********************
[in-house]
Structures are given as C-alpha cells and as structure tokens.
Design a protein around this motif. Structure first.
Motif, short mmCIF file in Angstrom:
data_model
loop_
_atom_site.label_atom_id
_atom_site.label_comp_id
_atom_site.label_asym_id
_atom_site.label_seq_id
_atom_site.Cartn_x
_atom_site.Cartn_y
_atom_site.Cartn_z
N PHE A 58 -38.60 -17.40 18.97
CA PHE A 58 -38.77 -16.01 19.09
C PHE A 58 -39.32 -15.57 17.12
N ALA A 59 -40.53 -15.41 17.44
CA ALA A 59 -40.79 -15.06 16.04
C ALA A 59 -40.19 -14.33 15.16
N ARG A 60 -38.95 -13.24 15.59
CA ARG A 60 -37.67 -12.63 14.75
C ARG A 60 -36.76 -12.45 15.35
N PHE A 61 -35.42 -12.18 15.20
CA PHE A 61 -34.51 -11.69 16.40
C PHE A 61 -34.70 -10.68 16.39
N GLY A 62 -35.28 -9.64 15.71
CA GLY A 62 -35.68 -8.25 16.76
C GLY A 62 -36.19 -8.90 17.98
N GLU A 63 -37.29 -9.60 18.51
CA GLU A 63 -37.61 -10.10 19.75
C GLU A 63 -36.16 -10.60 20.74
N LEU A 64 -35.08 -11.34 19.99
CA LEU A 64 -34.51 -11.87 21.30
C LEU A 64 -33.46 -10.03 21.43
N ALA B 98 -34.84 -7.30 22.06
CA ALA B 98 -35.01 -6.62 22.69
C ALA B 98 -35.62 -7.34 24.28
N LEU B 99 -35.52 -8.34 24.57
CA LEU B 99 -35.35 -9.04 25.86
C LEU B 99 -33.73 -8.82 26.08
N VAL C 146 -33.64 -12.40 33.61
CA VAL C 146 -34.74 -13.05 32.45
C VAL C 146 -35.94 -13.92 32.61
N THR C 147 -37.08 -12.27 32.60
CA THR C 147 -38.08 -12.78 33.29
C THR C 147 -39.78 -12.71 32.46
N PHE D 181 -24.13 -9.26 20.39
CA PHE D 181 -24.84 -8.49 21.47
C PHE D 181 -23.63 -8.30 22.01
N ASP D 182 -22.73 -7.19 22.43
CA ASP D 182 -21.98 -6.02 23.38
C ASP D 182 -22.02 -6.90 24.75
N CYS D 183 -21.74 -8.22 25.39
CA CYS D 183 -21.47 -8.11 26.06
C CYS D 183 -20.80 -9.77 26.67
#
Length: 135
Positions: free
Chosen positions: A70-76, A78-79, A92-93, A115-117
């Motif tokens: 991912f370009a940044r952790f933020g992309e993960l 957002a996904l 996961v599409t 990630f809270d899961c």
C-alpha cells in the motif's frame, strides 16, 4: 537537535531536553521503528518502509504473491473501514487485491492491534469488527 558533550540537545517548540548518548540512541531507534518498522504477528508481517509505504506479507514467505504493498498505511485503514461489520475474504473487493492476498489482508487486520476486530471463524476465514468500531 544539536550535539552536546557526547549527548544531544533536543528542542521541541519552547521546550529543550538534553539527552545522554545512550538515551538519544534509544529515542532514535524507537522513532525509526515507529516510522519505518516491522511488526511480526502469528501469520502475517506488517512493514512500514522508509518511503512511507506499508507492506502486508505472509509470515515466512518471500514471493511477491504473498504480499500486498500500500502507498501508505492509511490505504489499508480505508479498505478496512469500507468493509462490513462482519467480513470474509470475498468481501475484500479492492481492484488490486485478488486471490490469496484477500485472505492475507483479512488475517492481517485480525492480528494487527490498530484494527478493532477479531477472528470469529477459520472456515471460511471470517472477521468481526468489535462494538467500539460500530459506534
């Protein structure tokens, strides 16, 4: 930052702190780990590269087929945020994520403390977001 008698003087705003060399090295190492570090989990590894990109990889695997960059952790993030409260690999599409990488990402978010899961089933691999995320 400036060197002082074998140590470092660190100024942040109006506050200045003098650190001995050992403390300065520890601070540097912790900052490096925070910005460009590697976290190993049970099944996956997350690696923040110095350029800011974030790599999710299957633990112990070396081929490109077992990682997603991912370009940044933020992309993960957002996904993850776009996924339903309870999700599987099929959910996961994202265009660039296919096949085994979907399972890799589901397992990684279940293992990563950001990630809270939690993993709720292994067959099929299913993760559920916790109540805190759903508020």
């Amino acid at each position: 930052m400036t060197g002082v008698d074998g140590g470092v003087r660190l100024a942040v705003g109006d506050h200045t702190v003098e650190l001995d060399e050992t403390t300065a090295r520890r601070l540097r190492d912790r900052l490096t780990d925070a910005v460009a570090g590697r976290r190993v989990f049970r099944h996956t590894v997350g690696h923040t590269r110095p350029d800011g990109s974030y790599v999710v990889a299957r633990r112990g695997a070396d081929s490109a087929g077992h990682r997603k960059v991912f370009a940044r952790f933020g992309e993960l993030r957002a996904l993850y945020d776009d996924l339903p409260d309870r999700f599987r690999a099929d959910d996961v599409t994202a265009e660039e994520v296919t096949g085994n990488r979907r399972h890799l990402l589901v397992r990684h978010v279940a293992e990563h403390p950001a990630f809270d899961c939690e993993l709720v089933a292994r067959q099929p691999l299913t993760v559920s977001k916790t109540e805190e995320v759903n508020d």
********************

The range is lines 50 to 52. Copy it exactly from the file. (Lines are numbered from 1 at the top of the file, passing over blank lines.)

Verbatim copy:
N ASP D 182 -22.73 -7.19 22.43
CA ASP D 182 -21.98 -6.02 23.38
C ASP D 182 -22.02 -6.90 24.75